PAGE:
My favorite part of last week’s Rolex 24 at Daytona was an interview with Jimmie Johnson long after it was clear that his GAINSCO/Bob Stallings Racing team would not be visiting Victory Lane.
Johnson announced that he would be back, and SPEED’s interviewer asked about the challenge of being away from his family for the event, considering that the NASCAR schedule is already so lengthy.
Johnson responded that it would be hard… “if I let my mind go there.”
In that moment Johnson revealed the secret to his success. He is able to compartmentalize his thoughts to the point that martians could hover over the racetrack, and his only concern would be that the spaceship blocking the sun would make his car tight.
That kind of focus is rare even for the most elite athlete, as Jeff Gordon and Tom Brady are discovering.
As the NFL season concludes and Daytona awaits, it’s clear that Darrell Waltrip’s ramblings about marriage and childbirth being good for performance are just that…ramblings.
Both Gordon and Brady won early and often as “GQ” darlings. Both had high-profile relationships that flamed out. Then both found true love and embraced fatherhood with their life partners.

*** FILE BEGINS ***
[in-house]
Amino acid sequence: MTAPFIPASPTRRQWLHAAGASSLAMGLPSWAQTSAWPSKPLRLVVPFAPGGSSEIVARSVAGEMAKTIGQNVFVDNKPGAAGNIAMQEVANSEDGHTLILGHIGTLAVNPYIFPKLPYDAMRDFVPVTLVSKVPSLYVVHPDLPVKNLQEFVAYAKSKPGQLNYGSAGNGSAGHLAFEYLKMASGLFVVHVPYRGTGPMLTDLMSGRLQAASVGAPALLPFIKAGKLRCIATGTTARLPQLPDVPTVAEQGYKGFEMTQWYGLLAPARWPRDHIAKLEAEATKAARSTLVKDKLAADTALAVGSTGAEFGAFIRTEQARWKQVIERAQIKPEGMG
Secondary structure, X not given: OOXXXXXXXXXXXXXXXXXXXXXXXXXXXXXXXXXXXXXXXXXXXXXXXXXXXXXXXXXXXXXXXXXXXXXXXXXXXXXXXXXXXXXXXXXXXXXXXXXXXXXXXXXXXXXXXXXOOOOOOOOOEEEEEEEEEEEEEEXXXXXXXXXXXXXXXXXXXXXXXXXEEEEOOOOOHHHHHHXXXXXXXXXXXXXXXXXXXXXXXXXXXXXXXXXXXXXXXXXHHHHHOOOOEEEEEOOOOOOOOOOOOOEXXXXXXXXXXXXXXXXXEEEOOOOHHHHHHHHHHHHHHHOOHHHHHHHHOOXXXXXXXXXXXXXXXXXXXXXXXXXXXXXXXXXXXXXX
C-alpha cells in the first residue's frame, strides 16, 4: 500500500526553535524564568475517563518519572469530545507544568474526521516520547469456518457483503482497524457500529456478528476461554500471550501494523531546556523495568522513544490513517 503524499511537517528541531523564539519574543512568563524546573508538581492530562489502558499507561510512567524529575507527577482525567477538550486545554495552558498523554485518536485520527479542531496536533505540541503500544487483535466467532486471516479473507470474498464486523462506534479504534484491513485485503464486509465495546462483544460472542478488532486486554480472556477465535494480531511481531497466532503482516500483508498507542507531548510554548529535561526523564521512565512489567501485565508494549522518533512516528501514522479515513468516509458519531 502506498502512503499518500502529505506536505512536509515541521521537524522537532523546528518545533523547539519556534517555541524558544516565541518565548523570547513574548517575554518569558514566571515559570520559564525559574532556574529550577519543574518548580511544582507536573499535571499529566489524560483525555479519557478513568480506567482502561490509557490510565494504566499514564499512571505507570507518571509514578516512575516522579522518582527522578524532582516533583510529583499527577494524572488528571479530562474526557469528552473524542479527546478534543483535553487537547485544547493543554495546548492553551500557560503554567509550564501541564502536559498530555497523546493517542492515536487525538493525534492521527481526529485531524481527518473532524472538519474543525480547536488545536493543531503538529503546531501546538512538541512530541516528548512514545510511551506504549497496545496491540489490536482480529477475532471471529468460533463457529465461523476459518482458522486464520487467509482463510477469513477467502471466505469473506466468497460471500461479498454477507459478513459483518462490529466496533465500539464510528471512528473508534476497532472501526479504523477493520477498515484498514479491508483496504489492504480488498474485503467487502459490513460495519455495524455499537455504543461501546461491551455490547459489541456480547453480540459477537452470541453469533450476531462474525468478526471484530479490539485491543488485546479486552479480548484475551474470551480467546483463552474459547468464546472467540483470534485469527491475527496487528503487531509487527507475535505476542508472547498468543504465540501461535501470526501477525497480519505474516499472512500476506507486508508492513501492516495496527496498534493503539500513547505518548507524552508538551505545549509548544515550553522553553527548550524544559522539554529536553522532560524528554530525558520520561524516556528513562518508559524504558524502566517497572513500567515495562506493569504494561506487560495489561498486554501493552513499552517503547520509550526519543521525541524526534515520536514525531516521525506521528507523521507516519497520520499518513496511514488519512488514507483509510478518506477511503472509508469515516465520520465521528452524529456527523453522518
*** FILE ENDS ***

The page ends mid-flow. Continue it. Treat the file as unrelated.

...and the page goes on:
And combined, they have won zero championships since.
It’s a little naive to look at their strikingly similar career paths and dismiss their current droughts as mere coincidence. You can say you’re putting as much into your preparation as you did before, but the truth is it’s just math: You have less time to spend perfecting your craft if you’re truly submitting yourself to family first. Chase appearances and MVPs notwithstanding, the difference tends to show up in the postseason.
I did two things before watching the Super Bowl Sunday, and neither involved exhaustive pregame shows. I watched HBO’s magnificently produced Vince Lombardi documentary, which chronicled his stint as an absentee husband and father in the pursuit of rings. Then I listened to one of my favorite Gary Allan tunes, “Right Where I Need to Be.” The song ends with a man leaving a first-class seat empty — when an almost-certain promotion was at the destination — because it just wasn’t worth robbing his true love of the attention she deserved.
There are a lot of definitions of success, and a lot of routes to get there. Gordon and Brady may have chosen paths that mean they will never win a championship again. An old “60 Minutes” interview with Brady ran Sunday morning on ESPN Classic, and he said after three Super Bowl wins there had to be something more in life. There was: a gold band and diapers to change.
Unless Gordon and Brady have the robotic-like focus of Johnson, it may come down to a choice of being Lombardi or Allan.
After sampling both tales, I’d sure as hell take the latter.